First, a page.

Honoring Eisuke Tsuyuzaki31 Jan, 2011 By: Thomas K. Arnold
Eisuke Tsuyuzaki is one of those intriguing individuals who believes technology is like a ball of putty, to be rolled, kneaded, shaped and formed into wonderful new inventions we simply can’t live without. He’s considered the consumer electronics industry’s key point man in Hollywood, a man who is as much at ease navigating the hallways and conference rooms of the movie studios as he is dealing with his hardware peers on the East Coast and in his native Japan.
Tsuyuzaki is being honored as Home Media Magazine’s 2010 Home Entertainment Visionary for one simple reason: He’s on a plateau all by himself. The two bright spots on home entertainment’s horizon are Blu-ray Disc and 3D, and Tsuyuzaki, the chief technology officer for Panasonic Corp. of North America, is all over both of them.
While the high-definition format war was still raging, Tsuyuzaki was on the front lines of the Blu-ray army’s successful campaign for the hearts, minds and pocketbooks of consumers. He orchestrated partnerships with such studios as Walt Disney, 20th Century Fox and MGM on grand co-promotions and joint marketing efforts, including the very successful Disney Magical Blu-ray Tour, which Panasonic sponsored. After the format war ended, Tsuyuzaki turned his sights to mainstream America, staging a series of events at NASCAR races.
Not long thereafter, Tsuyuzaki moved on to the next technological marvel in Panasonic’s stable, high-definition 3D, and once again set out on the road to acquaint the masses with this new way to view entertainment at home. The Panasonic Unwrap 3D Tour hit malls in 14 cities in a two-week period right before the 2010 holiday season, showing off Panasonic’s award-winning line of HD 3D plasma TVs, Blu-ray Disc players, eyewear and various 3D digital imaging products, among them Panasonic’s first consumer 3D camcorder and the world’s first digital camera with an interchangeable 3D lens.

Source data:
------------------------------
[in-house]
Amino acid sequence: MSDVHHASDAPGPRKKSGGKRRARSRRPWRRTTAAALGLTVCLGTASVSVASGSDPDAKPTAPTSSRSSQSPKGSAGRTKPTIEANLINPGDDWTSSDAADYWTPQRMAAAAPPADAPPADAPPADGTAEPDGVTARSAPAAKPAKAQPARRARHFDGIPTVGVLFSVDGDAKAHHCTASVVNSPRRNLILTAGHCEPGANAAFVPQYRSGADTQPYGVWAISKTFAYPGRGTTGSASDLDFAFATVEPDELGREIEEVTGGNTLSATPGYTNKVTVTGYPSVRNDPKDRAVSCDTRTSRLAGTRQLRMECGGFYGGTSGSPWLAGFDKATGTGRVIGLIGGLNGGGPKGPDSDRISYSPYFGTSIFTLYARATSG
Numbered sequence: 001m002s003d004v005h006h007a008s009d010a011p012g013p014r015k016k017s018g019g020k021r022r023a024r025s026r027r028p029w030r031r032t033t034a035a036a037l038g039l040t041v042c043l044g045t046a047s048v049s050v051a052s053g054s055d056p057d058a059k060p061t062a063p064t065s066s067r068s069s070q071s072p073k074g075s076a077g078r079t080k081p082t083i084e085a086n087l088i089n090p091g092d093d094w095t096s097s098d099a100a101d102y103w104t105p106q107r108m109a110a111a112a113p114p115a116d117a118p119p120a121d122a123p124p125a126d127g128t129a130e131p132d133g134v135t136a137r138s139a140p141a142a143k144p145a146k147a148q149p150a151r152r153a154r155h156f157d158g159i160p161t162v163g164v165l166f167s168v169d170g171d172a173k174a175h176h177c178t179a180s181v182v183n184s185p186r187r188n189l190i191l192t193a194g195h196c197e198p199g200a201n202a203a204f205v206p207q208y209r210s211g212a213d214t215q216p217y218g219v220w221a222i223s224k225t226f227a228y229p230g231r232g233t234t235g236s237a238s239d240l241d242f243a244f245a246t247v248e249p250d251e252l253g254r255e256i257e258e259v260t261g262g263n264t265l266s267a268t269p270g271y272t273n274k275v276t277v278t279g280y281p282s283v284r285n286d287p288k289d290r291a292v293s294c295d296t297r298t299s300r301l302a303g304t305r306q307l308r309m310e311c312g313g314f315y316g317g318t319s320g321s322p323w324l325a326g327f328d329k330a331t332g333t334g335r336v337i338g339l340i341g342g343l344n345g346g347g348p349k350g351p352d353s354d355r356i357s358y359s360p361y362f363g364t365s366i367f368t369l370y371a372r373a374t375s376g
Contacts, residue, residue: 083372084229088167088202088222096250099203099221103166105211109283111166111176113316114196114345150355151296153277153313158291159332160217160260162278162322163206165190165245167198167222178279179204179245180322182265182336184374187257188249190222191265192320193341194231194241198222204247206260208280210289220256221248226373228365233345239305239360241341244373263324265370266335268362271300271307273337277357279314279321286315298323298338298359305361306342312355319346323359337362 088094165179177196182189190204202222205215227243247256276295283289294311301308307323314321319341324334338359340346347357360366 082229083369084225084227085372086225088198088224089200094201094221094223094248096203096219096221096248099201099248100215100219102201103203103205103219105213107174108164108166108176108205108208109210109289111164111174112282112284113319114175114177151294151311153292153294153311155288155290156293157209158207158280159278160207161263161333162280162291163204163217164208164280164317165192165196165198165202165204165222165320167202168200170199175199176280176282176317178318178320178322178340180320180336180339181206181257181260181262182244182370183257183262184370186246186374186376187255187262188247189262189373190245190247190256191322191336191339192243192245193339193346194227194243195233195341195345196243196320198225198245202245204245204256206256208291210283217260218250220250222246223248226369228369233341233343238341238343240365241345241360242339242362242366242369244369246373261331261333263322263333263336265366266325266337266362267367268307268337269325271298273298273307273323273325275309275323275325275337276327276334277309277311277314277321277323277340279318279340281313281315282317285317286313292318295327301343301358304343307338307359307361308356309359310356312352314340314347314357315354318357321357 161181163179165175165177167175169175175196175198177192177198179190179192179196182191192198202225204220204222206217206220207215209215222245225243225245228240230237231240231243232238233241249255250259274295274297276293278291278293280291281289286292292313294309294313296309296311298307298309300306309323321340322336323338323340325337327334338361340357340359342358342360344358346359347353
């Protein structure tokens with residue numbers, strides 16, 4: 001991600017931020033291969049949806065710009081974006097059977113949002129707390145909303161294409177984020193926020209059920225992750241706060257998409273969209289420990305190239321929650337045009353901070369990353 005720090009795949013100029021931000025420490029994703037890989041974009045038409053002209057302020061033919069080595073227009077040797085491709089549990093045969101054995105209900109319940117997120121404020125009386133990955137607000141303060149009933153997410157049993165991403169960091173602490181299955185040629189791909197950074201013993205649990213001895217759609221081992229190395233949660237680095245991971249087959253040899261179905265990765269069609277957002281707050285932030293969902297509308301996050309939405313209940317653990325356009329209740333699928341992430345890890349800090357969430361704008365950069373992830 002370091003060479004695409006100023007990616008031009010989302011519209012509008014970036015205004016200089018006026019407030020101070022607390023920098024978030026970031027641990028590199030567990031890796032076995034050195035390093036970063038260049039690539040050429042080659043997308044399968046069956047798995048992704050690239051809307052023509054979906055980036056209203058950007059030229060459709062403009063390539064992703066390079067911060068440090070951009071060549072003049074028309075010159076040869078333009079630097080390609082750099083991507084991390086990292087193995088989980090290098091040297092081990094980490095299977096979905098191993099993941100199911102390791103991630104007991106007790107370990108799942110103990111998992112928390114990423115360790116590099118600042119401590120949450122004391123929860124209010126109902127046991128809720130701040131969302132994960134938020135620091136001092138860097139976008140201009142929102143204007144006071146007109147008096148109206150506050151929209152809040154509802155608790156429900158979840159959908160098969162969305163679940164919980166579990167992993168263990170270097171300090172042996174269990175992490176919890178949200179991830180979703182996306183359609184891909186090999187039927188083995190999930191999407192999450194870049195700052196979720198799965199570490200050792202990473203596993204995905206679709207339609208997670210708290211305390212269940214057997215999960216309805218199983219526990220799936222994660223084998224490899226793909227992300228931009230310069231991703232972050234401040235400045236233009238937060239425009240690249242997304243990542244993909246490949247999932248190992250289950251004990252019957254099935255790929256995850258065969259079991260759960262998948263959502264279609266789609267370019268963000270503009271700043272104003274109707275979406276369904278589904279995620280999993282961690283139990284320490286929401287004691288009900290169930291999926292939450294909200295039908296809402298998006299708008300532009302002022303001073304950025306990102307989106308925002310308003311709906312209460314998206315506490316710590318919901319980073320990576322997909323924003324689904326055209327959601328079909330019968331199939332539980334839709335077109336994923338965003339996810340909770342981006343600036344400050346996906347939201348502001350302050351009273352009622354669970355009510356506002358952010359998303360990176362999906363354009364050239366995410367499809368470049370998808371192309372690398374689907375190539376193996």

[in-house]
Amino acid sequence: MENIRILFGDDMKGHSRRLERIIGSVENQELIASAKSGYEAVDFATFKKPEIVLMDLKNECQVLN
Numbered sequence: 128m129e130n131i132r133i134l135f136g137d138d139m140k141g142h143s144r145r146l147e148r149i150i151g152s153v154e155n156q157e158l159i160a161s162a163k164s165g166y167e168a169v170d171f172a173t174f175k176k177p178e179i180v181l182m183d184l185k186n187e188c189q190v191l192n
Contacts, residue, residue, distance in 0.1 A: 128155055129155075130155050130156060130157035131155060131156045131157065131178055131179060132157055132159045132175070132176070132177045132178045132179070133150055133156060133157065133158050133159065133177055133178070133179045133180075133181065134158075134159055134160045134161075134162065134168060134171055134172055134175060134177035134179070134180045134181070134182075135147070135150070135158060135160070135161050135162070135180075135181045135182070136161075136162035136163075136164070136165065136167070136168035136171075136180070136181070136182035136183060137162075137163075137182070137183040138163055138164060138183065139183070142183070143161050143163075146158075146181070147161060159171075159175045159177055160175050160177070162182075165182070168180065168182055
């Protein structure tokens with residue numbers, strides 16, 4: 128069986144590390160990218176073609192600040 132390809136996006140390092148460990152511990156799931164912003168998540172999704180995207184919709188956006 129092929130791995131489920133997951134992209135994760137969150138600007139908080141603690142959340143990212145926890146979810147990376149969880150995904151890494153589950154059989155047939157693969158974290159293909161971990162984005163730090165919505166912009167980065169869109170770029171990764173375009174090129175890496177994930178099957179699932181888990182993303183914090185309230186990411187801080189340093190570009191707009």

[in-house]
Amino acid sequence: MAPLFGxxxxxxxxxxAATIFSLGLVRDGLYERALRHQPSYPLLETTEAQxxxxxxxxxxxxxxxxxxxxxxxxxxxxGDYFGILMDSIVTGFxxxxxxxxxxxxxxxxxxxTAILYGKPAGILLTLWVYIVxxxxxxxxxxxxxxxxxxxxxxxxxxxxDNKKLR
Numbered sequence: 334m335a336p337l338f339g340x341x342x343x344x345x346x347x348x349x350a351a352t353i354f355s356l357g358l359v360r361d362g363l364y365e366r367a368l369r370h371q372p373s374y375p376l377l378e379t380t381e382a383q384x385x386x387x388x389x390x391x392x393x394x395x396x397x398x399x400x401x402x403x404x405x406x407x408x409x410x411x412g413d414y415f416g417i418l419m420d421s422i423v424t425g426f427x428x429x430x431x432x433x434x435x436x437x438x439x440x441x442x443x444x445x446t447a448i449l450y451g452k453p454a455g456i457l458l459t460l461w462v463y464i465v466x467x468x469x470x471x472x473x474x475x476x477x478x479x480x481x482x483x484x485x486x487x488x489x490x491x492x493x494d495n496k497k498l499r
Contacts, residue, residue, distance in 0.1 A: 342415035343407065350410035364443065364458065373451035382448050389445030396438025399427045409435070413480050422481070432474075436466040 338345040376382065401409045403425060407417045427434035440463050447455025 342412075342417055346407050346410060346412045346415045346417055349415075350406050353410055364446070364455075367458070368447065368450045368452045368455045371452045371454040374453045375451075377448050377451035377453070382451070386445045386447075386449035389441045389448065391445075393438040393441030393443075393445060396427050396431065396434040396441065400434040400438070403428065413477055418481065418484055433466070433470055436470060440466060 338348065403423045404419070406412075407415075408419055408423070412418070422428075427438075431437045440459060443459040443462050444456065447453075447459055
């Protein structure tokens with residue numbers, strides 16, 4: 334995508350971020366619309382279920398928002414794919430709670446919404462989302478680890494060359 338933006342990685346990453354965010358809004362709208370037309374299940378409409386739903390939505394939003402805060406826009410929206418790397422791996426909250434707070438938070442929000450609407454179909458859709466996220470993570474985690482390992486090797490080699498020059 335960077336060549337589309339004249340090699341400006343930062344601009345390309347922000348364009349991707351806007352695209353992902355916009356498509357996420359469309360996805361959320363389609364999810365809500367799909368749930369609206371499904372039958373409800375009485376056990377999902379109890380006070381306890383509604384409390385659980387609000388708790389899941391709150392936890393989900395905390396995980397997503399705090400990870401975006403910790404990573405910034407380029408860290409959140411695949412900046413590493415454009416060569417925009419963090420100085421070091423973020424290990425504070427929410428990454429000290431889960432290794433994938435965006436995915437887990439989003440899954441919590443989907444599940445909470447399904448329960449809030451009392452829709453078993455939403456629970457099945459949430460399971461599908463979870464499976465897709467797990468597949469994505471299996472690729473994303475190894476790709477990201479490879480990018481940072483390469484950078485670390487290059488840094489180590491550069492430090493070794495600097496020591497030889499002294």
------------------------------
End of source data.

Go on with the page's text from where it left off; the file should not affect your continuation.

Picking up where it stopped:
Tsuyuzaki also has built long and lasting ties to Hollywood’s creative community. One of the biggest feathers in his cap: helping forge Panasonic’s relationship with acclaimed director James Cameron and his 3D epic Avatar, the highest-grossing movie in history.
If the legendary showman P.T. Barnum were still alive, it’s a fair bet he would try to hire Tsuyuzaki, even though the 44-year-old executive is a lot more understated in his pitch. While Barnum employed bombast, Tsuyuzaki uses passion and sincerity — his genuine belief that first Blu-ray Disc and now 3D truly represents the future of home entertainment and is of immense benefit to the consumer.
I caught up with Tsuyuzaki recently at his favorite Japanese restaurant in Brentwood, his current home and one of three places where he now bides most of his time (the others are New York and Silicon Valley). We talked a little about the state of the home entertainment business, the future of packaged media and the advantages to consumers posed by both Blu-ray Disc and 3D. We also spoke about what he’d like to do in the future, once the consumer transition to Blu-ray Disc is complete and 3D establishes itself as a viable component of the home entertainment market.
“I’m fascinated by technology,” he says. “It truly is a wonderful word.”
Down the road, Tsuyuzaki says, he could see himself twisting and turning future technological advances toward such bigger world issues as climate change and global warming.
“The potential for technology to really change our lives, for the better, has never been greater,” Tsuyuzaki says.
And with people such as Eisuke Tsuyuzaki in the driver’s seat, I have no doubt that we’ll continue to see new and wondrous technological developments come along, developments that will enhance and improve our lives.